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    Hey Hobbler - Well said! As you point out, there are many good choices for footwear on the Camino. No one particular shoe is best for everyone. My problem with blisters on the CF was due to my treatment of the blisters, not my shoes! My light hiking shoes (Merrell Moabs) these past two years have worked very well for me. No blisters; no foot problems. But, more than any particular pair of shoes, I’ve learned how to take care of my feet when engaged in day after day walking. Looking forward to wearing trail running shoes in the fall. Don’t anticipate any problems. As Hobbler said above, the key is proper fitting shoes. For me, a good insole like Superfeet, has also been part of the formula for keeping my feet healthy. Glad to hear the Chacos worked for you Jacob, but there are many other good shoe choices out there as well for the pilgrim. Buen Camino!
     
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  16. Jacob

    Jacob New Member

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    It’s true that I’m a believer in Chacos (and toe socks) as THE most excellent choice for walking the Camino.

    It’s also true that I’ve looked for places on the forum to express this belief.

    What’s wrong with that?

    I’m not employed by, nor do I have stock in, the Chacos company (I don’t think it’s “public” in that way! If it were I might well invest!).

    It’s also true —as you well say — that choice of footwear is THE most important choice a pilgrim makes.

    I have an equestrian friend who often says “No hoof, no horse.” I like to paraphrase that: “No pie, no peregrino!” So I agree that footwear is critical. So is the weight of one’s pack. If you can get by with one pair of shoes, all the better!

    I’m guessing that most people don’t even TRY the solution I’m suggesting because it seems far-fetched/counter-intuitive. But I’m pretty sure that if they did they’d be pleased.

    Though I will admit that pausing to remove a stone now and then might be necessary.
     
  17. Jacob

    Jacob New Member

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    PS: “Hobbler” is an interesting name for one giving advice on footwear! Ha!
     
  18. UnkleHammy

    UnkleHammy Well-Known Member

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    I believe that the best choice of foot coverings is to take whatever you trained in. Then you know that they fit and are unlikkey to cause any if the various types of foot problens that you hear about. The only additional point that I can add is if you are likely to be walking in mud, have something that is unlikely to sucked off in sticky mud.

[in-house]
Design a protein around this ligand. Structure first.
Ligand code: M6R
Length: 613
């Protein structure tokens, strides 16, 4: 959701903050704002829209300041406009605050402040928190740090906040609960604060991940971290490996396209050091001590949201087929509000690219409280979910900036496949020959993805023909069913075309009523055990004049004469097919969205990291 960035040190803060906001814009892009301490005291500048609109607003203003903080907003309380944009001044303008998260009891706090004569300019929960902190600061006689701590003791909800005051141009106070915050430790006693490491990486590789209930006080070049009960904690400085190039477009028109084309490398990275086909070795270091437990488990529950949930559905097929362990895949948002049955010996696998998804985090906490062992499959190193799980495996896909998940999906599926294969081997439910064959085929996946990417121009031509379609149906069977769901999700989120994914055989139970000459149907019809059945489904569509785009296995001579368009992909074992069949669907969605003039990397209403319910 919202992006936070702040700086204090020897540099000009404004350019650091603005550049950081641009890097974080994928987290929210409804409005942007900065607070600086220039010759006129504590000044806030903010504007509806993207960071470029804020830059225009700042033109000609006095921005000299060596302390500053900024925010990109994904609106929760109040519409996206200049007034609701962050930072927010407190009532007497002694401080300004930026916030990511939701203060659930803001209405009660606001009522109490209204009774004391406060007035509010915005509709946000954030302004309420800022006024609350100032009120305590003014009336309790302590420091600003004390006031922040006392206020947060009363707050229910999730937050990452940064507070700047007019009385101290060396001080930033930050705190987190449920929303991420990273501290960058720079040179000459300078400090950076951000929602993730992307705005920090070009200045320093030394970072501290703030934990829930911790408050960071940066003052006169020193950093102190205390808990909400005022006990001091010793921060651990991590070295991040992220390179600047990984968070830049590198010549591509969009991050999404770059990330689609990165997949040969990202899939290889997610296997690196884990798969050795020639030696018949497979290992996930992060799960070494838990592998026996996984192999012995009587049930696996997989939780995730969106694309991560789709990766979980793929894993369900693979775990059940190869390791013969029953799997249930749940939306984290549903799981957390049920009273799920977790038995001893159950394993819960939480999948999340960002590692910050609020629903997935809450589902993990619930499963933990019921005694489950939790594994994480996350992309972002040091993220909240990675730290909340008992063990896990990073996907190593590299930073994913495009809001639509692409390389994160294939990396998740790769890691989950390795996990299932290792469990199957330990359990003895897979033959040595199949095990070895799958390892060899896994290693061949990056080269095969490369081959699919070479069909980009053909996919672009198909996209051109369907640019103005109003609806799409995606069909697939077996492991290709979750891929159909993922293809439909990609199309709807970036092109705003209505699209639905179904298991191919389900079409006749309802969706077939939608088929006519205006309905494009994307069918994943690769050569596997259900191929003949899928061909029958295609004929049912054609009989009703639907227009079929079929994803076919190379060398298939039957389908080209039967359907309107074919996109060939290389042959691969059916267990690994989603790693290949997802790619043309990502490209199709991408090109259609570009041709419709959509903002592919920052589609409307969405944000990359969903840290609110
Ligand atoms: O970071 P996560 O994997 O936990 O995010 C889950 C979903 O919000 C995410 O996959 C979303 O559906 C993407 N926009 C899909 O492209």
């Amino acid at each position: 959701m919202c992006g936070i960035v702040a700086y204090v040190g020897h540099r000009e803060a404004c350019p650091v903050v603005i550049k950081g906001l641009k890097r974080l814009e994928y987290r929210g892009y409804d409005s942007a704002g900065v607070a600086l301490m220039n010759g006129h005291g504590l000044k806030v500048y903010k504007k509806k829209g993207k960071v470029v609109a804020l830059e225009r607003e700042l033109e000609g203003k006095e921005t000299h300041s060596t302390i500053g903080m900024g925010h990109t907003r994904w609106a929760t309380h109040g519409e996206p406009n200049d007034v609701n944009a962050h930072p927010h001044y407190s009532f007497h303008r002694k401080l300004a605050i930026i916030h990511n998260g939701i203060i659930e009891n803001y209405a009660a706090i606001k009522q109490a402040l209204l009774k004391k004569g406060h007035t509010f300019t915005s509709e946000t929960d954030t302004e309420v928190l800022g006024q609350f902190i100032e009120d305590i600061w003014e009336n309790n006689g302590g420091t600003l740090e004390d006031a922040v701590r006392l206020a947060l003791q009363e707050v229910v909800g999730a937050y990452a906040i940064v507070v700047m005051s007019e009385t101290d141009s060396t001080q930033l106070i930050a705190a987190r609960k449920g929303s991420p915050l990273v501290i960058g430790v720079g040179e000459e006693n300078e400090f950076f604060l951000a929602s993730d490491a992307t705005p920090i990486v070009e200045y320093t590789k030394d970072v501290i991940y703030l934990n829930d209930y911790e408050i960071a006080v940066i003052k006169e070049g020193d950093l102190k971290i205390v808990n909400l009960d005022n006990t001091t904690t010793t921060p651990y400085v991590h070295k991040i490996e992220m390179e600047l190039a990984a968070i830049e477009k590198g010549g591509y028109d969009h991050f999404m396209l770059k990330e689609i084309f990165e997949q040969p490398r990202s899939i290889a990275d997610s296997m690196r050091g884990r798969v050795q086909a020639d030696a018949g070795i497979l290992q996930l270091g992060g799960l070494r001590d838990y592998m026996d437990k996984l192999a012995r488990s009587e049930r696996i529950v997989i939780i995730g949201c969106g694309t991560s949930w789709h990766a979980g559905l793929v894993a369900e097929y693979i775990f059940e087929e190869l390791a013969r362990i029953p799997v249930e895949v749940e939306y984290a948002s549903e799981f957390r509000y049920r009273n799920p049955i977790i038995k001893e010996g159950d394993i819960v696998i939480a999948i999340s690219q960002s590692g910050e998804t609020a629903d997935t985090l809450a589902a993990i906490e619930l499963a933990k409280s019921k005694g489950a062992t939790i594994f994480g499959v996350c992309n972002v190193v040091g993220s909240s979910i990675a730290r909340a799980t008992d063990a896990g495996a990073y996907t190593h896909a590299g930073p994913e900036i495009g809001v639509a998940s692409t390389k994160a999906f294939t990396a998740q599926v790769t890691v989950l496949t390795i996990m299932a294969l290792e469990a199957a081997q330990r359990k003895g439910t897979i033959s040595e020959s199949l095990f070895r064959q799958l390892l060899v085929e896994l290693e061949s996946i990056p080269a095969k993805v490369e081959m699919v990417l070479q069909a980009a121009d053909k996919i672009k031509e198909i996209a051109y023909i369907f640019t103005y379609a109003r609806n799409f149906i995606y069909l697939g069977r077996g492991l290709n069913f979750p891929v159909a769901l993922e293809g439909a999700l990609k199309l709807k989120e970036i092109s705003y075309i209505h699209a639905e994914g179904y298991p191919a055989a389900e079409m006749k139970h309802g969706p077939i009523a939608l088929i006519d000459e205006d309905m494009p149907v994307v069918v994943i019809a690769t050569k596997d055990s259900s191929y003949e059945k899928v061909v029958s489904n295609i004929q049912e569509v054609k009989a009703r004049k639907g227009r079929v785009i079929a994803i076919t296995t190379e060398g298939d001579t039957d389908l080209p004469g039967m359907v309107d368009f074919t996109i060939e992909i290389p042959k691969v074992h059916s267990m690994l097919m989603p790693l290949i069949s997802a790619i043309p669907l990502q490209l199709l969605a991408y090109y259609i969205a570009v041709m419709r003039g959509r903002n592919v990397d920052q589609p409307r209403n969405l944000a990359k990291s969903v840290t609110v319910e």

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  19. Greg Canning

    Greg Canning Well-Known Member

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    Hi Hobbler

    I totally agree. It really comes down to getting great advice from an expert and trying on shoes until you find your own perfect fit. Like Wily I use a combination of wool socks, body glide, superfeet insoles and merrell moabs and not a single blister to date. That's not to say that combination will work for everyone and preparation, the weight you carry and use of walking poles will all have an impact. What I will say is that what works for one might not do for all and I would have some concern about wearing sandals on some of the downhills particularly after the Pyrennees, Alto de Perdon and others.

    As Uncle Hammy says, find what suits you and then practice practice practice with them.

    Buen Camino

    Greg
     
  20. Wily

    Wily Francés 2016; Portugués 2017; Inglés/Fisterra 2018

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    Hey Greg - Oh, how true! One must find what works best for themselves. No magic formula of “one size fits all.” Although you and I have nearly an identical configuration regarding shoes, socks, insoles, Bodyglide, etc., it may not work for others. I will add that my wife uses our approach now and it seems to be working quite well for her. Although my Keen’s wore out on the CF, had I worn insoles back then, it might have been an entirely different walking experience. I’m happy to report that after more than 1000 km, both at home and in Spain, my Moabs show almost no sign of wear. They should be good for a few more Caminos. However, although this particular combination is working great, I do plan to pack my Saucony trail running shoes for my next trip across the pond. And just as important as the equipment has been learning how to care for my feet. Some very simple things work very well as long as you address a foot or toe problem early on. Really makes for much more pleasant walking. Buen Camino!